My problem is that I can’t bring the subject up without my husband getting mad at me and asking, “Why do you want to look good and want other guys to look at you???” The day is then ruined and it is my fault. I literally hate wearing skirts – especially going to work or out with our friends (even when he’s there) and all the girls around us are wearing pants so I’m the only one in a skirt.
Then there’s the problem where I’ve always wanted to have a YouTube channel where I advise girls on how to style curly hair because I have super curly hair. I brought it up to him last night, and he said, “Why? Then guys can watch the videos … “ and he was kinda upset with me for bringing that up. He doesn’t like me posting selfies of just myself on my social media because he doesn’t want other guys to “like” it because then that means they’re saying I look good or whatever and he wants me all to himself. When my best friend asked me to be in her wedding this June and I told my husband, he was happy for me and so I told her yes. And then he got upset with me because he hates the idea of my walking down the aisle holding some other guy’s arm and taking pictures next to another guy that’s not him. IT’S A NORMAL THING TO DO THAT IN WEDDINGS. It’s not like I’m hooking up with the guy!!
I love him so much and want to please him, but sometimes I just feel so trapped and suffocated. I do not want to leave him; I just want to know if there’s a way I can tone down his controlling aspect and if there’s a way to convince him that certain things are fine for me to do. What are some good things for me to say to him that will make him feel better about my wearing jeans and posting stuff about ME and being in my friend’s wedding?? I’ve tried, “You have nothing to worry about, I’m yours” but it doesn’t always help. By the way, I’ve never done anything to break his trust in our relationship. I think his previous girlfriend may have, but I’m not sure.
I just want to have a normal and peaceful marriage. — Skirting the Issue
I think you need to shift your focus from how to tone down your husband’s controlling nature to managing your own behavior and reactions. After all, you don’t really have control over how he responds to you any more than he has control over what you wear and whether or not you’ll be in a friend’s wedding and pose next to anther man in photographs. (He cannot control these things; you’re not a child and he isn’t your father.) You both are operating under an assumption that you can control the reactions of the other. He thinks that by being firm and asserting control, you won’t exercise your right to wear jeans or post selfies on social media. You think that if you could find the right words to say, you could make him not be such a misogynist. But you’re both wrong.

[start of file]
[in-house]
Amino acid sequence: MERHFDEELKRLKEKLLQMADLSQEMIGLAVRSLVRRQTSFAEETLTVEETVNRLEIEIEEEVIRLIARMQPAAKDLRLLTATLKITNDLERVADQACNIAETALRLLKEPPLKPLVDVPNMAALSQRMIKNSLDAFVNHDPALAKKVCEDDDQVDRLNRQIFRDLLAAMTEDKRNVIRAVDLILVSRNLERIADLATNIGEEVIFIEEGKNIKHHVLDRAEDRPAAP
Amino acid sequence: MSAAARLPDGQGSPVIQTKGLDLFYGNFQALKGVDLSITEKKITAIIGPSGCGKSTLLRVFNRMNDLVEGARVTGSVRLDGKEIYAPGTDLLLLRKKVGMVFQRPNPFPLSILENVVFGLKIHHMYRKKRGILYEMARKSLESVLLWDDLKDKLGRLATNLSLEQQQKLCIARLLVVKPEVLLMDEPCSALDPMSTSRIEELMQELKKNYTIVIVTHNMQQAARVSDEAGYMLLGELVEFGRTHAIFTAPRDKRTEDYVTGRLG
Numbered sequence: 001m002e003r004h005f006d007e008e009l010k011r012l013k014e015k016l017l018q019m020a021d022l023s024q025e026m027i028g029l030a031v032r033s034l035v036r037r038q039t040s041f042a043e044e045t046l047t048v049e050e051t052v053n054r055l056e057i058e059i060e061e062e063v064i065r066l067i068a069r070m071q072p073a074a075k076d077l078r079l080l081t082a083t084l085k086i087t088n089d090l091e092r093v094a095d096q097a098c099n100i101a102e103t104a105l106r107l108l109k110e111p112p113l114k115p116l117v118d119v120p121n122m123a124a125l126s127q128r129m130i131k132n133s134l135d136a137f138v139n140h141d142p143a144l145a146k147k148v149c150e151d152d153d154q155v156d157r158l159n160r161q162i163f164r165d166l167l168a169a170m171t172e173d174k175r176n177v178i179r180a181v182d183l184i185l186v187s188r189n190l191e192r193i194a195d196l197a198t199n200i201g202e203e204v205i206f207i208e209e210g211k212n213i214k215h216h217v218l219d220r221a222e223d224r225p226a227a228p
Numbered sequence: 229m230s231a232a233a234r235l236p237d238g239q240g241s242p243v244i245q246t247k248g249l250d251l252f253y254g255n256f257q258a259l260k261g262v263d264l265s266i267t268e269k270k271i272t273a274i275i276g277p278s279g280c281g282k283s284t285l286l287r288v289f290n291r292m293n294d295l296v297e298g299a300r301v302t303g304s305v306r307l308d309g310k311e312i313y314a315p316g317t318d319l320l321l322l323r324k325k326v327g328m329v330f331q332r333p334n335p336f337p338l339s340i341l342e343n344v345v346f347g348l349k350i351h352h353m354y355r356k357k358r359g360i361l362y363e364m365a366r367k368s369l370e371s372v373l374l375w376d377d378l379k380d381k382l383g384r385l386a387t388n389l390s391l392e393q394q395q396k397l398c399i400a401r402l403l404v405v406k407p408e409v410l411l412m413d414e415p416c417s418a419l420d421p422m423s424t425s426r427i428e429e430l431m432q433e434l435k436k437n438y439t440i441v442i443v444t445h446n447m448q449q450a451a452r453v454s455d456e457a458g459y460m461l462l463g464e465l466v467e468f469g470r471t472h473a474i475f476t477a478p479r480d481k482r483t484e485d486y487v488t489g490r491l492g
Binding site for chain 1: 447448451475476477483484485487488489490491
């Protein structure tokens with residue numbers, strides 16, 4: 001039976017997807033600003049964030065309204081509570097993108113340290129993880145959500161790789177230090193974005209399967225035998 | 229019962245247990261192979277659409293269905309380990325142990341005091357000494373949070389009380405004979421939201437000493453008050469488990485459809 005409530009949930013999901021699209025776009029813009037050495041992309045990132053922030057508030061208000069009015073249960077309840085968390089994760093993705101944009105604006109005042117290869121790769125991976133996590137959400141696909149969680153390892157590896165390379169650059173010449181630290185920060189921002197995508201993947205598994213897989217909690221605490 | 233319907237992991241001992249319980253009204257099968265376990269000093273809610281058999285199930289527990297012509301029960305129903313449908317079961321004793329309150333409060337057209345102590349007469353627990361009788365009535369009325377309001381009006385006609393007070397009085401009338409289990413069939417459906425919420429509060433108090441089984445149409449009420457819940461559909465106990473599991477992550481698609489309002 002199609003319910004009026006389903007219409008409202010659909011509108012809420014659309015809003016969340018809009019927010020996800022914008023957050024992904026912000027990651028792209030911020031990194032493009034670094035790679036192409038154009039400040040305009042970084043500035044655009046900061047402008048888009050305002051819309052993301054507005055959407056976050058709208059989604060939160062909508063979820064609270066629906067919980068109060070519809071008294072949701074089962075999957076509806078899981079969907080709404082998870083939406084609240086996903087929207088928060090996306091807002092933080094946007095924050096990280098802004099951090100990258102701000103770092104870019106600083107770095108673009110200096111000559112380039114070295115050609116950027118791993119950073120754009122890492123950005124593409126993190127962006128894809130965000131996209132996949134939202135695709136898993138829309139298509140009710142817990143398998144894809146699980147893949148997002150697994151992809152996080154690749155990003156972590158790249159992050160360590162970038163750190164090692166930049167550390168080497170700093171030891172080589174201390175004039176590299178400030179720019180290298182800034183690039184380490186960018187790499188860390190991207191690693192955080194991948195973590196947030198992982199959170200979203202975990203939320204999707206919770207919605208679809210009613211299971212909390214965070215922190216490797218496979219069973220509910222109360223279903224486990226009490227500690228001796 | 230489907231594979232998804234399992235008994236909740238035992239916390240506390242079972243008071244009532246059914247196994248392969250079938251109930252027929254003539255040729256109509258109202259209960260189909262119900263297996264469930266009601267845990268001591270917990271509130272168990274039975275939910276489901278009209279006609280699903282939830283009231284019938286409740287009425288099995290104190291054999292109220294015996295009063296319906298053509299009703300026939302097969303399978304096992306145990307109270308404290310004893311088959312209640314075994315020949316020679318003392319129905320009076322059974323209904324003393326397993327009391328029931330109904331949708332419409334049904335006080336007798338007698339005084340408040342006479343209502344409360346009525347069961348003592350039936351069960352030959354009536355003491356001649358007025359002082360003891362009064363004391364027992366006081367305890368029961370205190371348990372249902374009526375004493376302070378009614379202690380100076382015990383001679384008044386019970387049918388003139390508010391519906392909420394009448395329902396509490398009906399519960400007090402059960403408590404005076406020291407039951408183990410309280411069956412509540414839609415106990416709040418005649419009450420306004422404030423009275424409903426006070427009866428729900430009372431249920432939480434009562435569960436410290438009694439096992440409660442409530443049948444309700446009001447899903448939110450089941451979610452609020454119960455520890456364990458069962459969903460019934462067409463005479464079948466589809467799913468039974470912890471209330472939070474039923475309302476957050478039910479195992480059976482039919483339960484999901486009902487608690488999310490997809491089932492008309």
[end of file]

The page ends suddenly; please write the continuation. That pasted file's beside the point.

Here’s how it works: You do the reasonable and normal and healthy things you want to do such as wearing jeans and attending a friend’s wedding as a member of her party, and you accept that your husband will react to these things in ways that may be uncomfortable to you. If you’re unprepared to deal with your own feelings around doing things that you may have spent your whole life avoiding or being told are immodest and wrong, that’s understandable and I would recommend finding a good therapist – maybe even one who specializes in people who were raised in fundamental religious households. Additionally, if you’re unprepared to deal with your husband’s feelings around doing things that *he* has been told are immodest for women to do, therapy can help you there too. It would also help your husband, and you can certainly suggest this to him, but you can’t force him to get therapy any more than he can force you to keep wearing skirts.
You don’t mention how your husband was raised, but it’s clear he shares a similar perspective to the one your father holds of women and their roles in the family and in society. It’s interesting that even as you couldn’t wait to move out of your father’s home so you could start wearing pants, you then … didn’t start wearing pants and you married a man who doesn’t want you wearing pants. Even in discussing the issue with your husband prior to getting married, you didn’t test the idea of his being ok with it. Even though you say wearing pants was something you desperately wanted. Even though you can’t stand wearing skirts. You discussed ONE TIME with your husband the idea of your wearing pants and then never brought it up again until after you were married. It’s like you were afraid of what might happen if you did ditch the skirts, like you suspected your husband wouldn’t be happy about it after all, and maybe even that you’d have mixed feelings you were unprepared to deal with. Maybe that’s still true. Maybe what you feel so suffocated and trapped by isn’t solely your husband’s controlling nature, but also the shadow under which you were raised and still — at least to some extent — remain living under.
A good therapist can guide you out of that shadow, can help you with the feelings that will arise, and can help you across the marital hurdles created by being married to someone who embraces the same misogyny that you were raised under. You might find that out of the shadow, in a different light, you don’t see your marriage or your husband the same way you did before. You may find that as your comfort level changes and expands, so does that which feels uncomfortable, and that may change the nature of your marriage if your husband’s comfort levels are not also changing and expanding to include women in pants. A good therapist can guide you through this as well. Not for nothing, but you might even discover that when you no longer wear skirts and dresses out of obligation to a patriarchal system, even they can be comfortable because you have agency to choose them for yourself.